The stack walking approach is a bit like SELinux. It allows for a conventional OO class library, without the need for some sort of master or god object, and all the permissions things need can be centralised in one place. Changes to permissions are just one or two extra lines in the security config file rather than a potentially large set of code diffs.
Now all that said, reasonable people can totally disagree about all of this. The JVM has been introducing more capability objects with time. For example the newer MethodHandle reflection object is a capability. FileChannel is a capability (I think!). You could build a pure capability language that runs on the JVM and maybe someone should. Perhaps the usability issues are not as big a deal as they seem. It would require libraries to be wrapped and their APIs changed, including the Java standard library, but the existing functionality could all be reused. The new libraries would just be a thin set of wrappers and forwarders over pre-existing functionality, but there'd be no way for anything except the god object to reach code that'd do a stack walk. Then the security manager can be disabled, and no checks will occur. It'd be a pure object capability approach.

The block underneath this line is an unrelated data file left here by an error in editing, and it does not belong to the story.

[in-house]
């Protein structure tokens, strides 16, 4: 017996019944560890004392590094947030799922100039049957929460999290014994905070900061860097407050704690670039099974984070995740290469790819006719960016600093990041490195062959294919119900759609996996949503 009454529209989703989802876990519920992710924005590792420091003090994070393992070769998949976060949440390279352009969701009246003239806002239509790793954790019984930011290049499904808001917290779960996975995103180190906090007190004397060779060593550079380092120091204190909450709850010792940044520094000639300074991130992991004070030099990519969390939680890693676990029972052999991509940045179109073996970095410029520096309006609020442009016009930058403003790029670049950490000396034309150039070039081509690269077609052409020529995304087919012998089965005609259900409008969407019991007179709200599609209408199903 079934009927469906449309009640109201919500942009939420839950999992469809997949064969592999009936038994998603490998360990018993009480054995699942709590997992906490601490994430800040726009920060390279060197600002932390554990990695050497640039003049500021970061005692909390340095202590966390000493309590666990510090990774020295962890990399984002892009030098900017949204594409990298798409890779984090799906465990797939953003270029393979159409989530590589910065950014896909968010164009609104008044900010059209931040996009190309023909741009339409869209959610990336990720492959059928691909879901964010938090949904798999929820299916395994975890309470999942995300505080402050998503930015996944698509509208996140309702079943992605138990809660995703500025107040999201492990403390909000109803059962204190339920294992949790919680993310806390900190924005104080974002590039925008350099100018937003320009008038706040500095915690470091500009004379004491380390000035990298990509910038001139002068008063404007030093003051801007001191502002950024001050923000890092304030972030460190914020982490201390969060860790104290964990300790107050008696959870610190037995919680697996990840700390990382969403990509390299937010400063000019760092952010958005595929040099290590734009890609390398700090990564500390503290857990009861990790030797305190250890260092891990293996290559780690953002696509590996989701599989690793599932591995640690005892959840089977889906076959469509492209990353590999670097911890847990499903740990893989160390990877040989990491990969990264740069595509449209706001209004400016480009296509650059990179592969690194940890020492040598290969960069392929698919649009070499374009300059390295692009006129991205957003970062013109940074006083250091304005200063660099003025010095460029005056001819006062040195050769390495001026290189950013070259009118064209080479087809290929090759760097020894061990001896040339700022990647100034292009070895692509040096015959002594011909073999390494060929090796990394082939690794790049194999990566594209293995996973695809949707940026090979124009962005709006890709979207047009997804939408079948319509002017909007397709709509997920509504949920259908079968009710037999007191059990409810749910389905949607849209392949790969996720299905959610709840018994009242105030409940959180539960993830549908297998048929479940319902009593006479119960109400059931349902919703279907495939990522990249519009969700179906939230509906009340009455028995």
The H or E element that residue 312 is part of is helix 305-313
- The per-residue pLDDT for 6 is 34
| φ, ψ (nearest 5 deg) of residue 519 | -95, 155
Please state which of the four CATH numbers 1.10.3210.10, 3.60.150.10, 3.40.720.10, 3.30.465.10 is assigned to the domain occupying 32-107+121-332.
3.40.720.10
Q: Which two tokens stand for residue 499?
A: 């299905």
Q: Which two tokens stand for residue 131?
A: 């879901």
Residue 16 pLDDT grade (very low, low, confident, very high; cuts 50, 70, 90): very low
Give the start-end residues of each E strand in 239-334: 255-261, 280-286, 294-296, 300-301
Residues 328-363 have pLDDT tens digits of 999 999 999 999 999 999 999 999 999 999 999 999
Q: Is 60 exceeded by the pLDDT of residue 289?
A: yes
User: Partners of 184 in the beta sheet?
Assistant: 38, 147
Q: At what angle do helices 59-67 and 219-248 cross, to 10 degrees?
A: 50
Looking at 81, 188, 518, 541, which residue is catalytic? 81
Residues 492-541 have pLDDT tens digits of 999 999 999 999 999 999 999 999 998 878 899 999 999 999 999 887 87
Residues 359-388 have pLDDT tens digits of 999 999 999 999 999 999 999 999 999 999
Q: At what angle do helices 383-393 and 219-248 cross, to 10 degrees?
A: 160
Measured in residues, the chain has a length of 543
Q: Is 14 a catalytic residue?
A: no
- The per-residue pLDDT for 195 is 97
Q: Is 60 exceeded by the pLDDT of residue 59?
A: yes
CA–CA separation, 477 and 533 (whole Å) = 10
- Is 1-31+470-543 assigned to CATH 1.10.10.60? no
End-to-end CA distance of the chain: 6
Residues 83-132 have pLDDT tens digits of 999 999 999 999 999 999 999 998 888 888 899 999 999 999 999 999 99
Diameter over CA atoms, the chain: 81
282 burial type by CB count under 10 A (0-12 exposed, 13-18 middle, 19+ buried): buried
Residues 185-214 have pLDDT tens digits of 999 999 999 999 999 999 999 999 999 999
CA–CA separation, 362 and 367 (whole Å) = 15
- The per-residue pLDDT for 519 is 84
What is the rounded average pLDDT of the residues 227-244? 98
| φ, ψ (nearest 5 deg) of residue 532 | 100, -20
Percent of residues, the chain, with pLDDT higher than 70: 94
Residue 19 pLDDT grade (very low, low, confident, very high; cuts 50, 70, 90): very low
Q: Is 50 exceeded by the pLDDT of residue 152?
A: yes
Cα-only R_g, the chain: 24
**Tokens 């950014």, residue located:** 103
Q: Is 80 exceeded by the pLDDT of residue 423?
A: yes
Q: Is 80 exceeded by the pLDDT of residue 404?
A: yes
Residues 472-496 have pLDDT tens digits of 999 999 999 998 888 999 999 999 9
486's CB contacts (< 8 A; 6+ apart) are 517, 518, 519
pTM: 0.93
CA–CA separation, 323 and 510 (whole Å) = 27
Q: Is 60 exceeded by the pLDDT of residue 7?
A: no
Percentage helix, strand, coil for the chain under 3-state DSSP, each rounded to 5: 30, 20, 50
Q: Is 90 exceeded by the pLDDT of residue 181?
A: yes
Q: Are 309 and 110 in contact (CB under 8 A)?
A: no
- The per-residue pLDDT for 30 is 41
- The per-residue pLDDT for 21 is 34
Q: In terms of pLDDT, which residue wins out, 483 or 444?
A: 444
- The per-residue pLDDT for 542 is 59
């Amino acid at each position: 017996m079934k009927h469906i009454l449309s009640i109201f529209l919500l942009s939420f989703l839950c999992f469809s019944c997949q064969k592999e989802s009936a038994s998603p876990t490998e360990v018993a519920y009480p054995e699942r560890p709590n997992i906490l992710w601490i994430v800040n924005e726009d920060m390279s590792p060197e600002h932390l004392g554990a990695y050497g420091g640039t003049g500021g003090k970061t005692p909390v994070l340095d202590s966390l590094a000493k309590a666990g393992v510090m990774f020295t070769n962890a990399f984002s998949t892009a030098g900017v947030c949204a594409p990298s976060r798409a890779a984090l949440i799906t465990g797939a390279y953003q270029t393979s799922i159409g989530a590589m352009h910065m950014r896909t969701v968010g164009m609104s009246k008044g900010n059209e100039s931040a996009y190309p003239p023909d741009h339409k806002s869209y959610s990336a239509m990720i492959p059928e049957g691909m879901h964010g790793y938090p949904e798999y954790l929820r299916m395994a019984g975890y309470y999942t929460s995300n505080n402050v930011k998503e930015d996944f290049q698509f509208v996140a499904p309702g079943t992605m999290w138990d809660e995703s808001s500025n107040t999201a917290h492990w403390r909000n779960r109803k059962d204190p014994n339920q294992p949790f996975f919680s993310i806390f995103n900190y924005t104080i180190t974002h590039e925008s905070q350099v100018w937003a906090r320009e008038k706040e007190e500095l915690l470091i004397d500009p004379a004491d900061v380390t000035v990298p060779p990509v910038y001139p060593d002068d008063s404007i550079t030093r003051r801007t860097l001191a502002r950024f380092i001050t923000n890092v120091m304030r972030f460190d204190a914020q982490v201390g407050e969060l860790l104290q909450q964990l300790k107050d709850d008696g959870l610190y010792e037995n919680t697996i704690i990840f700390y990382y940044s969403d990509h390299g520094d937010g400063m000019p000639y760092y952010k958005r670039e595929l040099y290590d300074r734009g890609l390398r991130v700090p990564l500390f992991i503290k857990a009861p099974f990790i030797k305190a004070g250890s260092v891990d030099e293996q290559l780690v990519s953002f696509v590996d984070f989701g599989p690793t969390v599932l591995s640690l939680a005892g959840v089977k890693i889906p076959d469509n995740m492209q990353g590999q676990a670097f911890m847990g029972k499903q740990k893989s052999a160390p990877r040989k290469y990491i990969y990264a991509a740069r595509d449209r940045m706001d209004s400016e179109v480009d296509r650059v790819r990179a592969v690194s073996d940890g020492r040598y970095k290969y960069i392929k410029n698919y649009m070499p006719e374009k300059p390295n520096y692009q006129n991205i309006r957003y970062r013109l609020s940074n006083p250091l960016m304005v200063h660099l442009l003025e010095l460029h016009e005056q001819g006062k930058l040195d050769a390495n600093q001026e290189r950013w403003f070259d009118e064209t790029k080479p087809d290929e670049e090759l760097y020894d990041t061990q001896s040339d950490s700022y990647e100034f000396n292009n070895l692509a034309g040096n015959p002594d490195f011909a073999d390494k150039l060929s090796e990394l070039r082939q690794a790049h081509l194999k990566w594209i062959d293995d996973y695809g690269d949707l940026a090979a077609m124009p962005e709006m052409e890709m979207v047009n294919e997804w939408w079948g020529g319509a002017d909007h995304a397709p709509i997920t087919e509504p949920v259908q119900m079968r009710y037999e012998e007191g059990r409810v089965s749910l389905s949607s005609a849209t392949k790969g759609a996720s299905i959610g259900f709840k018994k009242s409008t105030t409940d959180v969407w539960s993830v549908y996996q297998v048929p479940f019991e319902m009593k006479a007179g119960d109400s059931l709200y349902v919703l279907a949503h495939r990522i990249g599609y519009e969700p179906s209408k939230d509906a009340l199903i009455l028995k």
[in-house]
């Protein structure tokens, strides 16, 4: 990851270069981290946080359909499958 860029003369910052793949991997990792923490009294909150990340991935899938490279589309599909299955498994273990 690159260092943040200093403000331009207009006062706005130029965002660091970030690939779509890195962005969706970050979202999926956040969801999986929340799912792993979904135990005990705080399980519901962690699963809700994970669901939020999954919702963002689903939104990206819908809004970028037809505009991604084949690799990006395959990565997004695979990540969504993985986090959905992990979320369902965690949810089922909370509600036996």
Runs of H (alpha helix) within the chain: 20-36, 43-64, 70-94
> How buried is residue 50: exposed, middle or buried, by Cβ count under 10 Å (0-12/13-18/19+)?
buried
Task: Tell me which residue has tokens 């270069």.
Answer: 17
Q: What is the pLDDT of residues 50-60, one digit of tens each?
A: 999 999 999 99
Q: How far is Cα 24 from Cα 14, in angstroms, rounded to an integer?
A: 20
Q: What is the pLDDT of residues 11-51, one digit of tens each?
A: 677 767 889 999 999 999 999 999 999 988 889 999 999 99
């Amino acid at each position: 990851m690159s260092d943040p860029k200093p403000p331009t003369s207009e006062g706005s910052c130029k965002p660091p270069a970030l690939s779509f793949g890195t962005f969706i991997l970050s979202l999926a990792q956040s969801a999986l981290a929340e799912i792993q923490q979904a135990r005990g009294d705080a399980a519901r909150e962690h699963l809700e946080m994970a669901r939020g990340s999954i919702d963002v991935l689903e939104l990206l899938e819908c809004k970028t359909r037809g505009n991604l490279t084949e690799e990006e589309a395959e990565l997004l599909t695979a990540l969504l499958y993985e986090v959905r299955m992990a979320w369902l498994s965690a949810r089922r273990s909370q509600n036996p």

You don't need to do this. There are a variety of ways to handle this, just as you would any other kind of dependency injection:
1. Design libraries to actually be modular so that dependencies (including capabilities) can be injected just where they are needed.
2. Pass in a factory object that lets the library construct sockets as and when it needs them. You can then enforce any arbitrary checks at the point of creating the socket. (This is much more flexible than a Java policy file).